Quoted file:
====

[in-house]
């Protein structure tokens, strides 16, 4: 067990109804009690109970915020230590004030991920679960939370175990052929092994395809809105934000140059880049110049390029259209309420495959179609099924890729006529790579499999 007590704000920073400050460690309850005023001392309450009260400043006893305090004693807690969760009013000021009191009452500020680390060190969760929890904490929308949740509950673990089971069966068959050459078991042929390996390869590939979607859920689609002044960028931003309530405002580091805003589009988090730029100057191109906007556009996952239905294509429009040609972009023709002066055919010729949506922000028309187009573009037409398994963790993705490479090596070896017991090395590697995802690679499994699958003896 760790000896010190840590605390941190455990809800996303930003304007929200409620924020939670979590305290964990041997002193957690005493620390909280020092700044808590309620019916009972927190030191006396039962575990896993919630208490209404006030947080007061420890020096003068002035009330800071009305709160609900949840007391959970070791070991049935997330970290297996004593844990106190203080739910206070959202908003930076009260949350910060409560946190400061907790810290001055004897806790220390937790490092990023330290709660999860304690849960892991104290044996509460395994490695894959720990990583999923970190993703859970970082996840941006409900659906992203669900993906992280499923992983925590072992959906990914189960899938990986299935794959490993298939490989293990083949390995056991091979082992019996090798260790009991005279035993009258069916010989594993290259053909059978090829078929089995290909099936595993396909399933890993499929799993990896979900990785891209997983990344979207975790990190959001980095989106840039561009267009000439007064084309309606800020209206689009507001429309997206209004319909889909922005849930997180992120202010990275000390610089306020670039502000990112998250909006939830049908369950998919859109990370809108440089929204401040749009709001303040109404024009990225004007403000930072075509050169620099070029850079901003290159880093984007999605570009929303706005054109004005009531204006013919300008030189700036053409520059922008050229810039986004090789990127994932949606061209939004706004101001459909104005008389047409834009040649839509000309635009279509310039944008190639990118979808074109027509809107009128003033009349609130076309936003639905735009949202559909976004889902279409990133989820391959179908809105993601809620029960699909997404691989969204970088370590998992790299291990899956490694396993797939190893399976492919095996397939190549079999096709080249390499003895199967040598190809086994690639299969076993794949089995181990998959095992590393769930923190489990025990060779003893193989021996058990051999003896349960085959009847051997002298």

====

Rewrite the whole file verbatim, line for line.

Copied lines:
[in-house]
């Protein structure tokens, strides 16, 4: 067990109804009690109970915020230590004030991920679960939370175990052929092994395809809105934000140059880049110049390029259209309420495959179609099924890729006529790579499999 007590704000920073400050460690309850005023001392309450009260400043006893305090004693807690969760009013000021009191009452500020680390060190969760929890904490929308949740509950673990089971069966068959050459078991042929390996390869590939979607859920689609002044960028931003309530405002580091805003589009988090730029100057191109906007556009996952239905294509429009040609972009023709002066055919010729949506922000028309187009573009037409398994963790993705490479090596070896017991090395590697995802690679499994699958003896 760790000896010190840590605390941190455990809800996303930003304007929200409620924020939670979590305290964990041997002193957690005493620390909280020092700044808590309620019916009972927190030191006396039962575990896993919630208490209404006030947080007061420890020096003068002035009330800071009305709160609900949840007391959970070791070991049935997330970290297996004593844990106190203080739910206070959202908003930076009260949350910060409560946190400061907790810290001055004897806790220390937790490092990023330290709660999860304690849960892991104290044996509460395994490695894959720990990583999923970190993703859970970082996840941006409900659906992203669900993906992280499923992983925590072992959906990914189960899938990986299935794959490993298939490989293990083949390995056991091979082992019996090798260790009991005279035993009258069916010989594993290259053909059978090829078929089995290909099936595993396909399933890993499929799993990896979900990785891209997983990344979207975790990190959001980095989106840039561009267009000439007064084309309606800020209206689009507001429309997206209004319909889909922005849930997180992120202010990275000390610089306020670039502000990112998250909006939830049908369950998919859109990370809108440089929204401040749009709001303040109404024009990225004007403000930072075509050169620099070029850079901003290159880093984007999605570009929303706005054109004005009531204006013919300008030189700036053409520059922008050229810039986004090789990127994932949606061209939004706004101001459909104005008389047409834009040649839509000309635009279509310039944008190639990118979808074109027509809107009128003033009349609130076309936003639905735009949202559909976004889902279409990133989820391959179908809105993601809620029960699909997404691989969204970088370590998992790299291990899956490694396993797939190893399976492919095996397939190549079999096709080249390499003895199967040598190809086994690639299969076993794949089995181990998959095992590393769930923190489990025990060779003893193989021996058990051999003896349960085959009847051997002298």